With what was, in retrospect, a remorseless inevitability, the submission of the Australian Bureau of Statistics to the Senate economics committee inquiry into why the 2016 census was such an unmitigated stuff-up was … stuffed up. After being published online by the committee secretariat last week, it was hastily taken down because ABS had included some commercially confidential information about its contract with IBM in its submission.
IBM, you see, doesn’t fare well in ABS’ explanation of the census night debacle. “The online Census system was hosted by IBM under contract to the ABS and the DDoS attack should not have been able to disrupt the system. Despite extensive planning and preparation by the ABS for the 2016 Census this risk was not adequately addressed by IBM,” the ABS said in the submission. It goes on to describe in detail the assurances IBM provided the ABS about its ability to handle a denial-of-service attack.
[Panicked ABS top dogs declare census return ‘crisis’]
Not that IBM is Robinson Crusoe when it comes to blame. There are a lot of people to blame apparently. Indeed, the document is less a submission than the screed of one betrayed and eager for revenge against a pack of tormentors. The politicians cop it for cutting the ABS’ budget. Marketing firm Dentsu Mitchell and Twitter cop it for failing to shut down the ABS’ Twitter account, which continued urging people to complete the census long after the system had been taken offline. Australia Post delivered the ABS’ mail too quickly(!). Too many people rang up the ABS call centres. Too many people emailed the ABS.
Reading the submission, you’re left with the impression the ABS had a perfectly fine census until those annoying 24 million Australians got involved.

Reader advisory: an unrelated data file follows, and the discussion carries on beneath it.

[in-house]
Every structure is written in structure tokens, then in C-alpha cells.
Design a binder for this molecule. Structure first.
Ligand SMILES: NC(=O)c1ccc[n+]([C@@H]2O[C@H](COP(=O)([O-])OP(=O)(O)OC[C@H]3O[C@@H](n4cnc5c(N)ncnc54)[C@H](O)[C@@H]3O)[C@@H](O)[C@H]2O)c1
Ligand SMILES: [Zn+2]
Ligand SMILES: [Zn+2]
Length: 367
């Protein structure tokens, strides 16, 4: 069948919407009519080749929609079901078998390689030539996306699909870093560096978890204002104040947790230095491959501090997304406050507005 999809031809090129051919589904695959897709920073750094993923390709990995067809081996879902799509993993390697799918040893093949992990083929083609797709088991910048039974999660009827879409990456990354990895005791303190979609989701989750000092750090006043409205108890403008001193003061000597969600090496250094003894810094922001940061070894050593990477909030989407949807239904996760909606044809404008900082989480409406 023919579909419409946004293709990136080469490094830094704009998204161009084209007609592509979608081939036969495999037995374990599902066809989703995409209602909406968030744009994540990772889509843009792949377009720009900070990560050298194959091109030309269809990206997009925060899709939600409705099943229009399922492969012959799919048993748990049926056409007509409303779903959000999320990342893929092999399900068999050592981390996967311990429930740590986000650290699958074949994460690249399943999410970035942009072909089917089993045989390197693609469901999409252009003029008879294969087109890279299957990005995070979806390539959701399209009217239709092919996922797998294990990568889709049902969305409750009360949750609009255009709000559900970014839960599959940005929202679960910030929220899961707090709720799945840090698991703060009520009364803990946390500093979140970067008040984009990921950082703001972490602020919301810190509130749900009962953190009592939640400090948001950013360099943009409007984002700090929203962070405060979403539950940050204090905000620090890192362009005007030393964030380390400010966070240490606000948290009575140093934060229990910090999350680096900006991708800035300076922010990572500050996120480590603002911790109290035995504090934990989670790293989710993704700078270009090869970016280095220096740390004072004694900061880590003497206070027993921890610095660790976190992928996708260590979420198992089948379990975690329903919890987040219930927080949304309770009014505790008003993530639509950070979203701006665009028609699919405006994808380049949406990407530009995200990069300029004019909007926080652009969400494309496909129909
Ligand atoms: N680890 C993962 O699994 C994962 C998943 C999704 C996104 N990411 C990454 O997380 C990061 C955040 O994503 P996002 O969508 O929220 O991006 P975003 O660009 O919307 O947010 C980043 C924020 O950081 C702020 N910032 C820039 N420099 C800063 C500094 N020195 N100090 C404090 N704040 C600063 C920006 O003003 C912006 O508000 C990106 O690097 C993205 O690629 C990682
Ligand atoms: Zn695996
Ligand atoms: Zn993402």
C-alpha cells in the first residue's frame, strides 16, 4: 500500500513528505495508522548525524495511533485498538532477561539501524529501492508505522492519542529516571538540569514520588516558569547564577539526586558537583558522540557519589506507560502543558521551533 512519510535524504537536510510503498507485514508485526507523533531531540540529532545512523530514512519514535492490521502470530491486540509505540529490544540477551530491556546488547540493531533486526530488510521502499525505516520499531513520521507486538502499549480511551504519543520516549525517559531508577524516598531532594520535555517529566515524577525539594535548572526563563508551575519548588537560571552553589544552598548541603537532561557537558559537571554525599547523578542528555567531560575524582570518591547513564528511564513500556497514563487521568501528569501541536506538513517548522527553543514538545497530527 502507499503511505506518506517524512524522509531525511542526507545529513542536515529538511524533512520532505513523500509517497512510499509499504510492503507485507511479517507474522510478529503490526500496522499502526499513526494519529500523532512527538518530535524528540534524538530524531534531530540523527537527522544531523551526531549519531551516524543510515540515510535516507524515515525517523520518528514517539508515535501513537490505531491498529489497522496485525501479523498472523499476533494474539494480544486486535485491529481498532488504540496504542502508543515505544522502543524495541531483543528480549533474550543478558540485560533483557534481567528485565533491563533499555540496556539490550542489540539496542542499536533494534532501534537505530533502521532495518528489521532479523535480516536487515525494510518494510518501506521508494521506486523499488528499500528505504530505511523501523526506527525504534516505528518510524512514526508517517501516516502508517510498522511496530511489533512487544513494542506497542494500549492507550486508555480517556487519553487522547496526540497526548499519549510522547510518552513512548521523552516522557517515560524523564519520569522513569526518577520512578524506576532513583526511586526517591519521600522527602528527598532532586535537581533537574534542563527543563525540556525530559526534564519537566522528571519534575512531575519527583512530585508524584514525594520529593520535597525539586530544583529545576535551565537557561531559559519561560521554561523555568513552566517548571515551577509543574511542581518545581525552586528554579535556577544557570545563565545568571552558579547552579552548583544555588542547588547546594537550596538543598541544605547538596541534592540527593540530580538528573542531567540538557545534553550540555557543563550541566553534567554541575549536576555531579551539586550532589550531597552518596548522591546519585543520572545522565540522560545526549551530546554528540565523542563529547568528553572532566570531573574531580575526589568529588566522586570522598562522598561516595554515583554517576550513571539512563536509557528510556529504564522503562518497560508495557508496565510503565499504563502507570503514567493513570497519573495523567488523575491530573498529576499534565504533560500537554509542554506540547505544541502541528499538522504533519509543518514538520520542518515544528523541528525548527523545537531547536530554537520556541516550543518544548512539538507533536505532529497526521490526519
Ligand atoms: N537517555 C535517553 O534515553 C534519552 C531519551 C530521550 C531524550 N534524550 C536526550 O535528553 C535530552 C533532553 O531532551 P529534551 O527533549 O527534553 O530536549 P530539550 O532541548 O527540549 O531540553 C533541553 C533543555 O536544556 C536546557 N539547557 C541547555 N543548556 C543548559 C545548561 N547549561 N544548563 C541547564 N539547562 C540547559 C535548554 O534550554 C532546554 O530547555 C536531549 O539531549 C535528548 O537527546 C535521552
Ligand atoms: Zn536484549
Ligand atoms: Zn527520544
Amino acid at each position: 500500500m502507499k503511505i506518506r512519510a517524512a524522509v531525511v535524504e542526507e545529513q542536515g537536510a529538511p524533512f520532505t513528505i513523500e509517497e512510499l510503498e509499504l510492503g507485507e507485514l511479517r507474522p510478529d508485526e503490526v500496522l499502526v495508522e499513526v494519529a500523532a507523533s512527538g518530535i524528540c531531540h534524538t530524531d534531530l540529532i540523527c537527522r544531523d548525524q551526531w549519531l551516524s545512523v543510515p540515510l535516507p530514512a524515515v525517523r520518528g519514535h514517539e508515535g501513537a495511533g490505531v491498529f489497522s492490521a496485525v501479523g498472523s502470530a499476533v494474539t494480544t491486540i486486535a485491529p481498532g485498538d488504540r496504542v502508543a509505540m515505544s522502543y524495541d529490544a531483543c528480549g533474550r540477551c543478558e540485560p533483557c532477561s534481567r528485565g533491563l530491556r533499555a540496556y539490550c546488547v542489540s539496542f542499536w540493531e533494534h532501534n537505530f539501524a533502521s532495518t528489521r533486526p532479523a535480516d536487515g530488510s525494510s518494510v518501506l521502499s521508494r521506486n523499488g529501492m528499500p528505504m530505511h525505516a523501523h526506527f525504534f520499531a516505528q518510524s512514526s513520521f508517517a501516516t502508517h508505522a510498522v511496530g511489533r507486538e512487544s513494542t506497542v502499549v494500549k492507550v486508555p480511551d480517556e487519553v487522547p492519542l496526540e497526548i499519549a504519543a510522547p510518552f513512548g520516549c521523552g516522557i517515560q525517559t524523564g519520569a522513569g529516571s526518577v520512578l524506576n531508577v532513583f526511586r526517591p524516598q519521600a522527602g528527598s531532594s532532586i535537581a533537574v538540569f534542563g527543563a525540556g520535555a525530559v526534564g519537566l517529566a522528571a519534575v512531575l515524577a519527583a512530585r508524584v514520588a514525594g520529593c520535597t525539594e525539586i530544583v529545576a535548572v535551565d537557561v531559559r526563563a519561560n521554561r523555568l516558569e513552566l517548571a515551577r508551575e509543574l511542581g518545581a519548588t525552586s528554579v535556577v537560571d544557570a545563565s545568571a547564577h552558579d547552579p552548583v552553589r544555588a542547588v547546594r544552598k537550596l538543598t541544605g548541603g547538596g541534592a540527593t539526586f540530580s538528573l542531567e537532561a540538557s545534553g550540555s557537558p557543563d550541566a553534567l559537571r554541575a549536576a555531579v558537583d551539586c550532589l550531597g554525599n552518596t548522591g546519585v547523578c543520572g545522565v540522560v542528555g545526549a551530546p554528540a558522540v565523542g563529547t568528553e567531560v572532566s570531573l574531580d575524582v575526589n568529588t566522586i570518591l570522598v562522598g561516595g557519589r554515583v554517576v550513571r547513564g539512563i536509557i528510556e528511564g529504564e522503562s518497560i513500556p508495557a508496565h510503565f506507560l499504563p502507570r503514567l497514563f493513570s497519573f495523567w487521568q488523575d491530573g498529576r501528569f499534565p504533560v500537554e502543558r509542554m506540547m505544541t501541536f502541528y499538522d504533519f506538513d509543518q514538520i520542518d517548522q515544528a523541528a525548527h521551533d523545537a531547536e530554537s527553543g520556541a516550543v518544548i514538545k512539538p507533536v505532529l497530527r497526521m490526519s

And the media … What didn’t the media do wrong? There was “unexpected and unprompted media and social media focus on potential of Census fines creating a degree of public fear.” The ABS’ decision to transform the census into a permanent longitudinal study of every person in the country prompted “commentary, often uninformed”. The views of Bill McLennan, former head of the ABS “appear to have been implicitly accepted by the mainstream media without being seriously tested or substantiated” (yes, thinking a former head of the ABS might have an informed perspective on the census is a classic journalistic error). And journalists didn’t ask the ABS for its side of the story on privacy. There was even a media conspiracy against the ABS:
“The ABS is aware of a number of instances where the community benefit of what the ABS was proposing to deliver from the 2016 Census was not able to get a reasonable representation in the media, through editing of material and difficulties some expert researchers had in having their views published.”
Strangely, despite the ABS repeatedly insisting that the media was horrible to it, it also insists it had no effect: “evidence from the 2016 Census … shows that fears reported in the media do not reflect the views or behaviours of the general public.”
As the outlet that first alerted readers to the ABS’ decision to retain names and addresses despite an independent report warning against it, and the first to urge a boycott of the census because of the privacy implications of its decision, and which ran Bill McLennan’s excellent analysis of the legal issues around the retention of names and addresses, Crikey can’t help but feel slightly targeted here.